By Andrew Jonathan S. Bagaoisan
BALER, AURORA– At the point where the Pacific Ocean meets the Philippine shore, tourists tease and play with the waves, making the most of fading daylight.
The waves have been climbing as the hours pass, the tide teeming closer to the fences that separate the sand from the row of resort-hotels in this surfing hotspot.
It’s a last-ditch attempt to enjoy the remainder of what was previously surf-friendly weather.
The resort hotel they had checked into was also hosting a surfing event for the whole weekend. But even that had to be ended a day before schedule as reports of the approaching typhoon Lando (internationally Koppu) grew dire and direr. Beach activities, including surfing, have been banned.
As our news gathering and satellite team from Manila arrived there at noon to find a place to stay and set base in, the participants of the event were wrapping up with drinks and loud music.
The tourists, who also had children with them, were already aware of the evacuation being implemented in Baler’s coastal areas, which also included the hotels.
While hotel guests would be allowed to stay, they would have to sign waivers saying they stayed willingly and removed responsibility from the government for whatever happened to them.
It’s the same either-or for over 300 residents who were forcibly evacuated from their homes in Baler and nearby Dipaculao, Dilasag and San Luis.
After around two years of dodging strong typhoons, the Philippines is bracing for yet another record-making storm and hopes the lessons of the past will at least prevent the unnecessary loss of lives.
Lando has steadily been growing stronger even as it slowed down in its impending landfall–expected at 8 a.m. Sunday.
Not since 2013 has the president come on national TV to remind the nation to make needed preparations for a typhoon.
International weather monitoring outlets have been predicting a “historic rainfall event” for the areas in Luzon that would fall under Lando’s L-shaped track.
A NASA satellite has found “multiple storms” within Lando, and showed rain dropping at a rate of 133 mm per hour near its center.
Ondoy, which wrecked Metro Manila in just 24 hours of rain, brought 455 mm of rain. With the center of Lando expected to tarry over Luzon for 2 to 2.5 days, the accumulated rainfall may exceed that.
The resulting floods, Weather Underground said, were “capable of causing a top-five most expensive disaster in Philippine history.”
Not also since 2013 has a public storm warning signal been raised to no. 4 over an entire province.
Our Aurora team learned of the category upgrade at 5 this afternoon as we prepared for our live broadcast on TV Patrol Weekend.
We had intended to merely pack up our equipment and shelter it from the winds beside the hotel.
But signal no. 4 in a coast line also increases the likelihood of storm surges of up to 3 meters.
The locals insist there hasn’t been any deadly walls of water in this side of the country–all surf-friendly waves. Then again, that’s what they said in Tacloban before Yolanda.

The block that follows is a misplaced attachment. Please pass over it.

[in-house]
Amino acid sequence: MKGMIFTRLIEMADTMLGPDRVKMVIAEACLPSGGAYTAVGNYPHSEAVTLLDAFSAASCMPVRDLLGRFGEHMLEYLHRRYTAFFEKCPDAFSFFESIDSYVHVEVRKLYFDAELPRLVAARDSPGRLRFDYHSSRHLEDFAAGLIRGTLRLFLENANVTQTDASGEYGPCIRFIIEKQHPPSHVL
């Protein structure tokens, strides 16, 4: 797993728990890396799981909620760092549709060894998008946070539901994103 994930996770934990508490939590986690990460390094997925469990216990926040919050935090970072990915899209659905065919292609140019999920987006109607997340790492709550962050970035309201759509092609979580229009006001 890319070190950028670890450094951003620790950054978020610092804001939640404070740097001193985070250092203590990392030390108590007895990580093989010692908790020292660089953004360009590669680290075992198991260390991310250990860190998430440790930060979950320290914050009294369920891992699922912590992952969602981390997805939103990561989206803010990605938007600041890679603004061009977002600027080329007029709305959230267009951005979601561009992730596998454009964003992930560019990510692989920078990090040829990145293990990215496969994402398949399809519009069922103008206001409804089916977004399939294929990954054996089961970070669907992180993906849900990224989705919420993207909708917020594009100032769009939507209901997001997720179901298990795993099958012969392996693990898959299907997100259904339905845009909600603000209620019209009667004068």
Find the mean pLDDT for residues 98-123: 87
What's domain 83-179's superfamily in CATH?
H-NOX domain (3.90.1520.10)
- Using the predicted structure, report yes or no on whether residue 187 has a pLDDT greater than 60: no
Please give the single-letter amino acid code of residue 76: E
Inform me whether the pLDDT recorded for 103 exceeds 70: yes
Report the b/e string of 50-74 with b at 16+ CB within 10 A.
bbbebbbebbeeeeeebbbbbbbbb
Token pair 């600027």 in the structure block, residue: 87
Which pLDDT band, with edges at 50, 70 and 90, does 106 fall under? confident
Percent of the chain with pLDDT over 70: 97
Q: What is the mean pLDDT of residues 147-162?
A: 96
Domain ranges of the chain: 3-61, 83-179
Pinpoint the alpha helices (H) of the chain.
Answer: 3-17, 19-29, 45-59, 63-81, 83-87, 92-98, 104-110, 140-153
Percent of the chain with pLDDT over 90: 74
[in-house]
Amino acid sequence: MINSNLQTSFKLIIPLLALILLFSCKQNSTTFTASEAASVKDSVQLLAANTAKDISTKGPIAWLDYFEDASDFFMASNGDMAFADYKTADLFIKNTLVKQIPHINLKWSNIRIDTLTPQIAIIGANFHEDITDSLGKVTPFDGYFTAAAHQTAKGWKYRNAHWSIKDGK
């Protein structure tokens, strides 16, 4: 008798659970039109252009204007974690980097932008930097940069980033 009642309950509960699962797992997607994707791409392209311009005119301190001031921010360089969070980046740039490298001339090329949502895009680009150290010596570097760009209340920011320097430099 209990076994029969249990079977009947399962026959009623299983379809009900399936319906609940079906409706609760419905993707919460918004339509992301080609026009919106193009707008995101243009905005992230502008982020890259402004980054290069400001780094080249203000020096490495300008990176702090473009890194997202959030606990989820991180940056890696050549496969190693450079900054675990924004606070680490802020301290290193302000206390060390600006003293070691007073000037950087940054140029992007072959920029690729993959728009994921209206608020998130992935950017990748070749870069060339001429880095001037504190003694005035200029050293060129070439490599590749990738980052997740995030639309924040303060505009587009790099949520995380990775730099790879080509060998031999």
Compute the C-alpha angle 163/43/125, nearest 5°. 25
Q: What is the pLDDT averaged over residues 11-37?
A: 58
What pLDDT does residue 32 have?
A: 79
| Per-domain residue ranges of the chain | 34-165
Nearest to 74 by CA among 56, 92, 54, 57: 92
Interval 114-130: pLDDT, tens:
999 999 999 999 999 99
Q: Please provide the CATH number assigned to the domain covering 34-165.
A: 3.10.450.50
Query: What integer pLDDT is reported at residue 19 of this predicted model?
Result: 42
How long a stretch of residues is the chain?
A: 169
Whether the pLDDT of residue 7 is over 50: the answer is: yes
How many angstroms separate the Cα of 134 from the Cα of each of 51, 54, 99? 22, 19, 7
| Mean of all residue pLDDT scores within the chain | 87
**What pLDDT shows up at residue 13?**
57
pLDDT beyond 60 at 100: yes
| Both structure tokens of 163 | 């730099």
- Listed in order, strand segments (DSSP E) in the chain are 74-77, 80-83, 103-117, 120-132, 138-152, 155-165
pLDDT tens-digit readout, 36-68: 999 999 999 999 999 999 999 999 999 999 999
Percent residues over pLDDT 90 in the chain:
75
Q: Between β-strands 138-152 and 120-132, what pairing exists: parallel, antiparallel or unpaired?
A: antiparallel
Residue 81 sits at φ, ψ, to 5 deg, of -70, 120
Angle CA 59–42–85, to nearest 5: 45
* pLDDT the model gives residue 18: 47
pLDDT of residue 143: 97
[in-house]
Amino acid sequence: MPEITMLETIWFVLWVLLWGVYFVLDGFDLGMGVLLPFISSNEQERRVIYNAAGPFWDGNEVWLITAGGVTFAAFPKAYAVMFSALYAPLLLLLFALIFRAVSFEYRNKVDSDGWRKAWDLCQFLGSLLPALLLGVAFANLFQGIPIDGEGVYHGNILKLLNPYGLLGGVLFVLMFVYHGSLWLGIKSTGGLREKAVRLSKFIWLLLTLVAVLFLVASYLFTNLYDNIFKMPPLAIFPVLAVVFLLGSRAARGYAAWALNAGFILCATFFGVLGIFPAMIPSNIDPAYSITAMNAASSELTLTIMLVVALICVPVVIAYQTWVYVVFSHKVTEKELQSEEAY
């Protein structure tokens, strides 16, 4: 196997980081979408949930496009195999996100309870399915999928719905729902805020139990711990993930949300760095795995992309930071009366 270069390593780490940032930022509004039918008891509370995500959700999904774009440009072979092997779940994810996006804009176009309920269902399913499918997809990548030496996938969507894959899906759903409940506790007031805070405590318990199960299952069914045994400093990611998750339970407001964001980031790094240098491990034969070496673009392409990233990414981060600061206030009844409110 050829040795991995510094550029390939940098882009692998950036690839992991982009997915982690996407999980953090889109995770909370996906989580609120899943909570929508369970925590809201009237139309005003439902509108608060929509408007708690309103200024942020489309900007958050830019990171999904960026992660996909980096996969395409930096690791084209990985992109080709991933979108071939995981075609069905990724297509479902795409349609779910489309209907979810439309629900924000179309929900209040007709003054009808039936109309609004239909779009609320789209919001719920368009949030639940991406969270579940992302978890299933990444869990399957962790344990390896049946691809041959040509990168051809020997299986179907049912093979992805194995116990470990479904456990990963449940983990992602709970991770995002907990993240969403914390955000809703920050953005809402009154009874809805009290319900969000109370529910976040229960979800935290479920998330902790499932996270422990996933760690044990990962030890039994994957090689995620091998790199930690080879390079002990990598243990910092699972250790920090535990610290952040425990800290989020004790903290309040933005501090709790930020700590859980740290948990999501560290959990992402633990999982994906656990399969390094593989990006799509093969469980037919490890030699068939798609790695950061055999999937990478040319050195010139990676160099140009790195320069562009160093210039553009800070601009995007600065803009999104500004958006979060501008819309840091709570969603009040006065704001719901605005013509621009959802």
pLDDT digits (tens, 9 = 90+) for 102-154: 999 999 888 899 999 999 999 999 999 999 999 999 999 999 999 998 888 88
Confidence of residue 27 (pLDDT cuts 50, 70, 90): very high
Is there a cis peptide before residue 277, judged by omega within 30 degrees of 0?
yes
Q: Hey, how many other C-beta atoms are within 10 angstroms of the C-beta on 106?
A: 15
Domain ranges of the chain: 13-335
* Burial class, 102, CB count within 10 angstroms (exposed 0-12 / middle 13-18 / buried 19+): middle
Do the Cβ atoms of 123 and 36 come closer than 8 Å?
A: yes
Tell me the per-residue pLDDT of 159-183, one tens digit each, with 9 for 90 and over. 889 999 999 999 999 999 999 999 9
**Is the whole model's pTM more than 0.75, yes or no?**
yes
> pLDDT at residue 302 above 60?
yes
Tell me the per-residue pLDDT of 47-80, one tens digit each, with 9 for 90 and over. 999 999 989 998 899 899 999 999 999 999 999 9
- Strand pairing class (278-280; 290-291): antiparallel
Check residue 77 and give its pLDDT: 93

Our Manila superiors remind us: err on the side of caution.
The precedents are stark–Yolanda in Eastern Visayas back in November 2013, and the succession of storms Unding, Violeta, Winnie and Yoyong that caused killer landslides in Quezon province south of here in November 2004.
For us assigned to greet the storm, they mean two things: first, precautions for our own teams and equipment; second, a foreboding of what we may be covering in the aftermath of the storm.
Coming from our news team’s own experience losing its broadcast capability during the Yolanda storm surge, no one is taking any chances. We decided to move our lodgings and base of operations further inland. We’ve stocked up as well on supplies.
That’s not to say some will still try to brave this once-in-a-while phenomenon.
As we packed up at the first hotel, we met Jason Harris, a “storm chaser” from Australia who’s here with 8 high-definition cameras to catch all there is to record about Lando/Koppu’s arrival.
He’s followed around 18 cyclones all over the world, mostly in the United States. Most of them though, hit land at night. He’s thrilled with what he would capture with Lando arriving by daylight.
But he wasn’t at the hotel for business or to scout for vantage points. He was having a drink just before the big day.
Tonight, the news teams here also take a much-needed rest. Some of us still overwhelmed from covering the storm of election-filers in days past, others still recovering from weather-related illnesses like colds.
From one storm to another, it’s still the call of service.
The Baler local government ended its disaster briefing today with a prayer for the safety of their town and province.
Our team, too, said our own prayer tonight–for protection and for at least the strength and endurance to do our duties in the following days.
By 11 p.m., Lando has been categorized by the U.S. Joint Typhoon Warning Center as a “super typhoon”.
As the landfall point draws close, the battering rains slowly pick up their pace, punctuated by the clashes of banging iron and wood in downtown.
One of us said, “How can I sleep at a time like this?” But he soon dozed off, knowing he needed to recharge for what’s ahead.
Meanwhile, at the roaring waves this town is known for and still hopes to be known for after this, a tranquil silence reigns just before the storm.
(Postscript: Lando officially made landfall not at 8, but at 1 a.m., just after this blog was published.)